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Oil companies ask Congress to allow more US exploration, reduce supply

Forbes

Oil companies ask Congress to allow more US exploration, reduce supply

05.21.08, 12:51 PM ET

WASHINGTON (Thomson Financial) – Major oil companies today called on members of the US Senate to help ensure a growingsupply of US oil and gas by allowing expanded energy exploration in the US, and avoiding higher taxes on oil companies that would limit their ability to invest in energy development.

‘Congress has recently made some hard policy choices on renewables and energy efficiency,’ said Peter Robertson, vice chairman of the board of Chevron (nyse:CVX – news – people ) Corp. ‘We hope you can also make the equally hard choices to open up more federal lands and allow us to responsibly produce more American oil and natural gas, which can supply us for decades to come.’

John Hofmeister, president of Shell Oil, said his company and others are prohibited from exploring for more energy resources in the majority of US lands and offshore, and prohibited from even analyzing potential resources in several areas.

‘The cumulative effect of these policies has been to discourage US investment and send US companies outside the United States to produce new supplies,’ Hofmeister said. ‘As a result, US production has declined so much that nearly 60 percent of daily consumption comes from foreign sources.’

Oil company executives also said that while they continue to spend billions of dollars exploring alternative energy, Congress should not over-encourage this exploration to the point that oil and gas are discouraged.

‘We support incentives for alternatives, but taking one form of energy to encourage production of another will reduce the ability to keep up with growing US energy demand,’ said Robert Malone, chairman and president of BP (nyse: BP – news – people ) America. ‘This nation should be encouraging production of all forms of energy, especially oil and gas.’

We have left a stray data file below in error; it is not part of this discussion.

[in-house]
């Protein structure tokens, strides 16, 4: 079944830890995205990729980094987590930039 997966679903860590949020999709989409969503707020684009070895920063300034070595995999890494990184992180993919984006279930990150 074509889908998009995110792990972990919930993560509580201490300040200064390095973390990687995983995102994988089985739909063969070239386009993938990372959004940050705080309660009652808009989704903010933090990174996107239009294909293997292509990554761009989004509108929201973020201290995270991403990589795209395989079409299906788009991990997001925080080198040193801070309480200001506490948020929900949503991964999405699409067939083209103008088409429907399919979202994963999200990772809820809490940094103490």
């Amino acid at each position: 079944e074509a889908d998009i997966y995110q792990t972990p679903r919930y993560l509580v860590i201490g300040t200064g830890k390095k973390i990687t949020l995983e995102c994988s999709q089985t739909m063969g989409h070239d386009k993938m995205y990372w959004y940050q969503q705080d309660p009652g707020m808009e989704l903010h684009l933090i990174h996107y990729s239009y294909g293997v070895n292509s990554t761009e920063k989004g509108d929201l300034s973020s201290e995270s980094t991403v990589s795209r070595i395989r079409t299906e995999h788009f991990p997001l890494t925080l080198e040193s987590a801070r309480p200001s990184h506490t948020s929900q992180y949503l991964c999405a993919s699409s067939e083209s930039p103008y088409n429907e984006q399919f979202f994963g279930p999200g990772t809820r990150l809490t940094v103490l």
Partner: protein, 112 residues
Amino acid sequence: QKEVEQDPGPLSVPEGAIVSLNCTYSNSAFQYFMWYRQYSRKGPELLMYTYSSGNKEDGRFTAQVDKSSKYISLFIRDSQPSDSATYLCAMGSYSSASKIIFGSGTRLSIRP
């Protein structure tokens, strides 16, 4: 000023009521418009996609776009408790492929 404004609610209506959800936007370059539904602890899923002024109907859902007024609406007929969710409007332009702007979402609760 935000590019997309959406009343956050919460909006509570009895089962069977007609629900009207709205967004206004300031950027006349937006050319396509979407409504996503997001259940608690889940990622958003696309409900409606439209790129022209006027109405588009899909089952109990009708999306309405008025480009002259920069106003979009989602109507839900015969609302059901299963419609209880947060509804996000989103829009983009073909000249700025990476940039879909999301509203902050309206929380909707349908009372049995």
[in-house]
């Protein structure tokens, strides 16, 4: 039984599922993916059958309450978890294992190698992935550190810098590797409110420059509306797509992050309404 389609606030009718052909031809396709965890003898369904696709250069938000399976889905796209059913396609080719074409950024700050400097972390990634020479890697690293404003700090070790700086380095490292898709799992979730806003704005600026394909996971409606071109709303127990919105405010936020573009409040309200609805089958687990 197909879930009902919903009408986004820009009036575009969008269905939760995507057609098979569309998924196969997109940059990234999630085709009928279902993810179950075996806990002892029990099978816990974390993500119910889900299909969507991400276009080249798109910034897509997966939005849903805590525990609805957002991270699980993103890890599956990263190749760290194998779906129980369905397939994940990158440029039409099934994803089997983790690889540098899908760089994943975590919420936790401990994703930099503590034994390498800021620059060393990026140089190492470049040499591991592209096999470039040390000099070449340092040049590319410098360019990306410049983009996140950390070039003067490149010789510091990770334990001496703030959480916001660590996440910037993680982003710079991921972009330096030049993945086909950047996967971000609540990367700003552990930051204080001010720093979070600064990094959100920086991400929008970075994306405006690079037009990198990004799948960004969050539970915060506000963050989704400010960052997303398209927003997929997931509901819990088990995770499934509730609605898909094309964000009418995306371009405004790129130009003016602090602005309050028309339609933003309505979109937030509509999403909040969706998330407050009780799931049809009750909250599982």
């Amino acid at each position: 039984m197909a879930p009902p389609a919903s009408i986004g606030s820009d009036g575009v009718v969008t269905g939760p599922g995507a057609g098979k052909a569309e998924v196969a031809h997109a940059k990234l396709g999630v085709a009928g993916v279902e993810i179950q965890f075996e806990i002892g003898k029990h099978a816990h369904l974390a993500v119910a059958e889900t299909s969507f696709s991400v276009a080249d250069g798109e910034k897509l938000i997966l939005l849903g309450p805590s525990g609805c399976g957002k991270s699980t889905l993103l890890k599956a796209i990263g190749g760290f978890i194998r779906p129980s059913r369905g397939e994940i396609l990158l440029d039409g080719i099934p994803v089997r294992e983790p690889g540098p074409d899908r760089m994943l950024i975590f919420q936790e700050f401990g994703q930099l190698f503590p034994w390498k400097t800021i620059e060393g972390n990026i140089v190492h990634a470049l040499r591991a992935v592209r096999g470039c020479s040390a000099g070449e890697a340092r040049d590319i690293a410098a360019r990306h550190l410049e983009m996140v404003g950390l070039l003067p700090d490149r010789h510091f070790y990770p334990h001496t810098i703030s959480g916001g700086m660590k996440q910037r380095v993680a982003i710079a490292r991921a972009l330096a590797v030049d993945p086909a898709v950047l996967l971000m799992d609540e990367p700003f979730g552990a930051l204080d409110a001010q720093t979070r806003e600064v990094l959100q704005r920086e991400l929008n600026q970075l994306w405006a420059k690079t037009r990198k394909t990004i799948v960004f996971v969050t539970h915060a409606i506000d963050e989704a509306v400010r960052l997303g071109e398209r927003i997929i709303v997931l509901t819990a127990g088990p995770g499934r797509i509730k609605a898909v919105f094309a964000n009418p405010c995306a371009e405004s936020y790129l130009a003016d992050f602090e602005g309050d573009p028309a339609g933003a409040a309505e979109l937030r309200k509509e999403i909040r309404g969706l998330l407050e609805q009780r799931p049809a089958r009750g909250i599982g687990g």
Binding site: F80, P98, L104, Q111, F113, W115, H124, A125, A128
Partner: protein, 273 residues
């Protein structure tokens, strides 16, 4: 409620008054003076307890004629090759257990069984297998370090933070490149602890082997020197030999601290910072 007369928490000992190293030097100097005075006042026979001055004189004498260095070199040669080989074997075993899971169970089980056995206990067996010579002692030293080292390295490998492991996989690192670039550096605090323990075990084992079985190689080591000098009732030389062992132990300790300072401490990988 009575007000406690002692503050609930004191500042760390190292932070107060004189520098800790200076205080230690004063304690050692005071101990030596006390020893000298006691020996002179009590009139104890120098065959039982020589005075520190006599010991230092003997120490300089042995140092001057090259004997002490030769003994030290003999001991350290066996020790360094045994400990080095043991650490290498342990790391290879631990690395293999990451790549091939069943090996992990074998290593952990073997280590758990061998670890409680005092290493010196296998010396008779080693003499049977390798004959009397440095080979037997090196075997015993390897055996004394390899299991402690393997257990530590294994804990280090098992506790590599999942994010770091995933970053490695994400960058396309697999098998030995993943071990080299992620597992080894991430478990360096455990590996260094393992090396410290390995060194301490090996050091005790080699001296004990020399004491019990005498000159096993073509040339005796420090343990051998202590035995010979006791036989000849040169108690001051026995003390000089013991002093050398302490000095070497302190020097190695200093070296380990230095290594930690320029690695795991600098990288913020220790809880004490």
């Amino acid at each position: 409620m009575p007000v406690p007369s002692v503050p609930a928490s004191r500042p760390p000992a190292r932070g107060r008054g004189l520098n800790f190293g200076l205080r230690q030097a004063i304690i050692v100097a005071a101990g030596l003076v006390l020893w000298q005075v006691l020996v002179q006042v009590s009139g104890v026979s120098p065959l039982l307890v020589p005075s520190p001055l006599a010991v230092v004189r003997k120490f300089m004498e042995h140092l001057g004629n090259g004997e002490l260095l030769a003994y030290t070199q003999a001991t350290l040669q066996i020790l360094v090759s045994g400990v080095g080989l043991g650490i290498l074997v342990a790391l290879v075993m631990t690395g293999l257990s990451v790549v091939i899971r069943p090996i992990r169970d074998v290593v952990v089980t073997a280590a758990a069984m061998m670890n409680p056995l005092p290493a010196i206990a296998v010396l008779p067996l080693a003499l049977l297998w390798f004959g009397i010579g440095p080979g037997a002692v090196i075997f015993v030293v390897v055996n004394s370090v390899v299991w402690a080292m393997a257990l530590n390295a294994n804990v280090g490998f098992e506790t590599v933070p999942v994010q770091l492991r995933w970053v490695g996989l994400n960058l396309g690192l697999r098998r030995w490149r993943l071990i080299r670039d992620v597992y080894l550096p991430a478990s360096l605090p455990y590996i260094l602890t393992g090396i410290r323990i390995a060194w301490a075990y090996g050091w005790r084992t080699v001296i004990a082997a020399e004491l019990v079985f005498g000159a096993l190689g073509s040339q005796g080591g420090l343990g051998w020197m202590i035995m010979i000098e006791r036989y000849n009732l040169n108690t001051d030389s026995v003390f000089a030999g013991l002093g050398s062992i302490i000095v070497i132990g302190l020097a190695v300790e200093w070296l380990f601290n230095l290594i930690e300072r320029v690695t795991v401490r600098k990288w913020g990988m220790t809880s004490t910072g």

They also warned that higher taxes on oil companies would only make it more difficult for companies to maintain the large investments needed to keep energy flowing to US consumers.

‘We urge you not to pass measures that have public appeal but would be counterproductive, such as tax increases that diminish our investment capabilities, reduce the attractiveness of high-cost domestic production, or disadvantage US oil and gas companies,’ said John Lowe (nyse: LOW –news – people ), executive vice president of ConocoPhillips (nyse: COP –news – people ).

‘When prices are high, the urge to point fingers at oil companies is strong,’ added Stephen Simon, senior vice president of Exxon Mobil (nyse: XOM– news – people ). ‘But undercutting the ability of American companies like ExxonMobil to compete in a huge global marketplace only makes it harder for Americans to secure the energy they need at competitive prices.’

Today’s Senate hearing, before the Senate Judiciary Committee, was aimed at exploring the high price of oil, which crossed 130 usd per barrel today. Committee Chairman Patrick Leahy of Vermont focused on the high salaries of US oil company executives and the high profits of these companies.

Democratic Senator Herb Kohl of Wisconsin also focused on high profits during the hearing, although many oil executives said their planned investment levels will exceed their annual profits.

Simon of Exxon Mobil added that profit margins of oil companies are now lower. Hofmeister of Shell also noted that while the absolute numbers used to describe oil company profitability are high, Shell in its most recent year made a profit of 6.9 pct of its revenues, which is a relatively normal return on investment.

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